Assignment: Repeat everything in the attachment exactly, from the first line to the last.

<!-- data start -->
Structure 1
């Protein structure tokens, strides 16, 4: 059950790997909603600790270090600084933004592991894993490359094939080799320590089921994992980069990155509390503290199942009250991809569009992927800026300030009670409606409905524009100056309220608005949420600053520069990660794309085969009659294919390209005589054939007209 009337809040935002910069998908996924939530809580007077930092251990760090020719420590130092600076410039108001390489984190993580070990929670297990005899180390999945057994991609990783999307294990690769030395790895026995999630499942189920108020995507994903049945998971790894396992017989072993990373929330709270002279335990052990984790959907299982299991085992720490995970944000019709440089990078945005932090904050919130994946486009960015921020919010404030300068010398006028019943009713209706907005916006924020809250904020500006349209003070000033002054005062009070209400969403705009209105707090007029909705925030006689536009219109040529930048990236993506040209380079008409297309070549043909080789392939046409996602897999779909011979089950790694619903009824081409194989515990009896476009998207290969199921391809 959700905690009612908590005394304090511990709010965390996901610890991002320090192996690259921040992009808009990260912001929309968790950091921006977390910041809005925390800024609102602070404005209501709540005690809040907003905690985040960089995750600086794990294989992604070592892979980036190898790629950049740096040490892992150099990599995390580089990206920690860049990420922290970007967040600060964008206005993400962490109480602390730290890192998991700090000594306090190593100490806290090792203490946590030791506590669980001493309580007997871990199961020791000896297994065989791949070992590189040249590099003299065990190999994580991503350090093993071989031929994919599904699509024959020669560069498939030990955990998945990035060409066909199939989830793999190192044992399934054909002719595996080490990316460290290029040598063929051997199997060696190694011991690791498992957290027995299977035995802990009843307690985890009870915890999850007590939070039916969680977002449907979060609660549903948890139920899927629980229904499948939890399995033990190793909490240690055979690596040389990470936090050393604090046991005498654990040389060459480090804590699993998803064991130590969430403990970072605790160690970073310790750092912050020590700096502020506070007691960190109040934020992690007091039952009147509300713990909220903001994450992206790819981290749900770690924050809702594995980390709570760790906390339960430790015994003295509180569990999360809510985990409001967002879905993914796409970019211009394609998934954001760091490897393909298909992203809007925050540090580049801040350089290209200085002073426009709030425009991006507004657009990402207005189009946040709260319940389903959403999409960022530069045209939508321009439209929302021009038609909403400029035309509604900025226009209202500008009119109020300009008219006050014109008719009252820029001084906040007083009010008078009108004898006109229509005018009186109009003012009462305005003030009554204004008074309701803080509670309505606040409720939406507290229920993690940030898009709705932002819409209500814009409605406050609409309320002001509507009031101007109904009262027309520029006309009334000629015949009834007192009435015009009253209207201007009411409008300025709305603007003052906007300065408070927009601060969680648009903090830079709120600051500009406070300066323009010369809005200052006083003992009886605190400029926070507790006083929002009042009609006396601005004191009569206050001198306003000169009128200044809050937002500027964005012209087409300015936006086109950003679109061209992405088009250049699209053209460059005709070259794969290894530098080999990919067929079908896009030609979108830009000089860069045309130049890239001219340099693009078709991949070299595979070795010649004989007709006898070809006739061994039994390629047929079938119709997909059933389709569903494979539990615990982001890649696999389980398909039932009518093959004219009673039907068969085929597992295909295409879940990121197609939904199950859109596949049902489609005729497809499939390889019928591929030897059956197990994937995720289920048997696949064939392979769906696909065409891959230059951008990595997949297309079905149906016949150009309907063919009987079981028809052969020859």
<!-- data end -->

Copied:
Structure 1
């Protein structure tokens, strides 16, 4: 059950790997909603600790270090600084933004592991894993490359094939080799320590089921994992980069990155509390503290199942009250991809569009992927800026300030009670409606409905524009100056309220608005949420600053520069990660794309085969009659294919390209005589054939007209 009337809040935002910069998908996924939530809580007077930092251990760090020719420590130092600076410039108001390489984190993580070990929670297990005899180390999945057994991609990783999307294990690769030395790895026995999630499942189920108020995507994903049945998971790894396992017989072993990373929330709270002279335990052990984790959907299982299991085992720490995970944000019709440089990078945005932090904050919130994946486009960015921020919010404030300068010398006028019943009713209706907005916006924020809250904020500006349209003070000033002054005062009070209400969403705009209105707090007029909705925030006689536009219109040529930048990236993506040209380079008409297309070549043909080789392939046409996602897999779909011979089950790694619903009824081409194989515990009896476009998207290969199921391809 959700905690009612908590005394304090511990709010965390996901610890991002320090192996690259921040992009808009990260912001929309968790950091921006977390910041809005925390800024609102602070404005209501709540005690809040907003905690985040960089995750600086794990294989992604070592892979980036190898790629950049740096040490892992150099990599995390580089990206920690860049990420922290970007967040600060964008206005993400962490109480602390730290890192998991700090000594306090190593100490806290090792203490946590030791506590669980001493309580007997871990199961020791000896297994065989791949070992590189040249590099003299065990190999994580991503350090093993071989031929994919599904699509024959020669560069498939030990955990998945990035060409066909199939989830793999190192044992399934054909002719595996080490990316460290290029040598063929051997199997060696190694011991690791498992957290027995299977035995802990009843307690985890009870915890999850007590939070039916969680977002449907979060609660549903948890139920899927629980229904499948939890399995033990190793909490240690055979690596040389990470936090050393604090046991005498654990040389060459480090804590699993998803064991130590969430403990970072605790160690970073310790750092912050020590700096502020506070007691960190109040934020992690007091039952009147509300713990909220903001994450992206790819981290749900770690924050809702594995980390709570760790906390339960430790015994003295509180569990999360809510985990409001967002879905993914796409970019211009394609998934954001760091490897393909298909992203809007925050540090580049801040350089290209200085002073426009709030425009991006507004657009990402207005189009946040709260319940389903959403999409960022530069045209939508321009439209929302021009038609909403400029035309509604900025226009209202500008009119109020300009008219006050014109008719009252820029001084906040007083009010008078009108004898006109229509005018009186109009003012009462305005003030009554204004008074309701803080509670309505606040409720939406507290229920993690940030898009709705932002819409209500814009409605406050609409309320002001509507009031101007109904009262027309520029006309009334000629015949009834007192009435015009009253209207201007009411409008300025709305603007003052906007300065408070927009601060969680648009903090830079709120600051500009406070300066323009010369809005200052006083003992009886605190400029926070507790006083929002009042009609006396601005004191009569206050001198306003000169009128200044809050937002500027964005012209087409300015936006086109950003679109061209992405088009250049699209053209460059005709070259794969290894530098080999990919067929079908896009030609979108830009000089860069045309130049890239001219340099693009078709991949070299595979070795010649004989007709006898070809006739061994039994390629047929079938119709997909059933389709569903494979539990615990982001890649696999389980398909039932009518093959004219009673039907068969085929597992295909295409879940990121197609939904199950859109596949049902489609005729497809499939390889019928591929030897059956197990994937995720289920048997696949064939392979769906696909065409891959230059951008990595997949297309079905149906016949150009309907063919009987079981028809052969020859």